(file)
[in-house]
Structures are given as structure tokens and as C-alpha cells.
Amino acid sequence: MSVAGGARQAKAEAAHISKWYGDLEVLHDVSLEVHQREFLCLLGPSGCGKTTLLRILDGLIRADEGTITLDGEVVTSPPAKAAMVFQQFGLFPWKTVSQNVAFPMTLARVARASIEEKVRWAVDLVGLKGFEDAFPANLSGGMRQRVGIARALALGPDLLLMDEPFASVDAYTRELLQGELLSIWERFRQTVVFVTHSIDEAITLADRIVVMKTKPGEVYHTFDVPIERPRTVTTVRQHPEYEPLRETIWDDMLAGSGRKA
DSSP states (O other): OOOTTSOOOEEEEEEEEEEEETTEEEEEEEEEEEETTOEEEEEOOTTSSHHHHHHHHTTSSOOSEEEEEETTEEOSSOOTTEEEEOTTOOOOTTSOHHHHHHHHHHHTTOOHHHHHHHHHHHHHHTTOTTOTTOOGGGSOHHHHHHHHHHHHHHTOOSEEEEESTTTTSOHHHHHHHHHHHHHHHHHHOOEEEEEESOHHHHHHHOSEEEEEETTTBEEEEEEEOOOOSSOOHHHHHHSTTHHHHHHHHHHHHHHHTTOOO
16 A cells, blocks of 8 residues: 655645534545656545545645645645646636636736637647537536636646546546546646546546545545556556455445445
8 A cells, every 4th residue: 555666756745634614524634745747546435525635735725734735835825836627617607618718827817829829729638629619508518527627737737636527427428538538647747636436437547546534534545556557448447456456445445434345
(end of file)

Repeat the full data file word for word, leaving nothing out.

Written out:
[in-house]
Structures are given as structure tokens and as C-alpha cells.
Amino acid sequence: MSVAGGARQAKAEAAHISKWYGDLEVLHDVSLEVHQREFLCLLGPSGCGKTTLLRILDGLIRADEGTITLDGEVVTSPPAKAAMVFQQFGLFPWKTVSQNVAFPMTLARVARASIEEKVRWAVDLVGLKGFEDAFPANLSGGMRQRVGIARALALGPDLLLMDEPFASVDAYTRELLQGELLSIWERFRQTVVFVTHSIDEAITLADRIVVMKTKPGEVYHTFDVPIERPRTVTTVRQHPEYEPLRETIWDDMLAGSGRKA
DSSP states (O other): OOOTTSOOOEEEEEEEEEEEETTEEEEEEEEEEEETTOEEEEEOOTTSSHHHHHHHHTTSSOOSEEEEEETTEEOSSOOTTEEEEOTTOOOOTTSOHHHHHHHHHHHTTOOHHHHHHHHHHHHHHTTOTTOTTOOGGGSOHHHHHHHHHHHHHHTOOSEEEEESTTTTSOHHHHHHHHHHHHHHHHHHOOEEEEEESOHHHHHHHOSEEEEEETTTBEEEEEEEOOOOSSOOHHHHHHSTTHHHHHHHHHHHHHHHTTOOO
16 A cells, blocks of 8 residues: 655645534545656545545645645645646636636736637647537536636646546546546646546546545545556556455445445
8 A cells, every 4th residue: 555666756745634614524634745747546435525635735725734735835825836627617607618718827817829829729638629619508518527627737737636527427428538538647747636436437547546534534545556557448447456456445445434345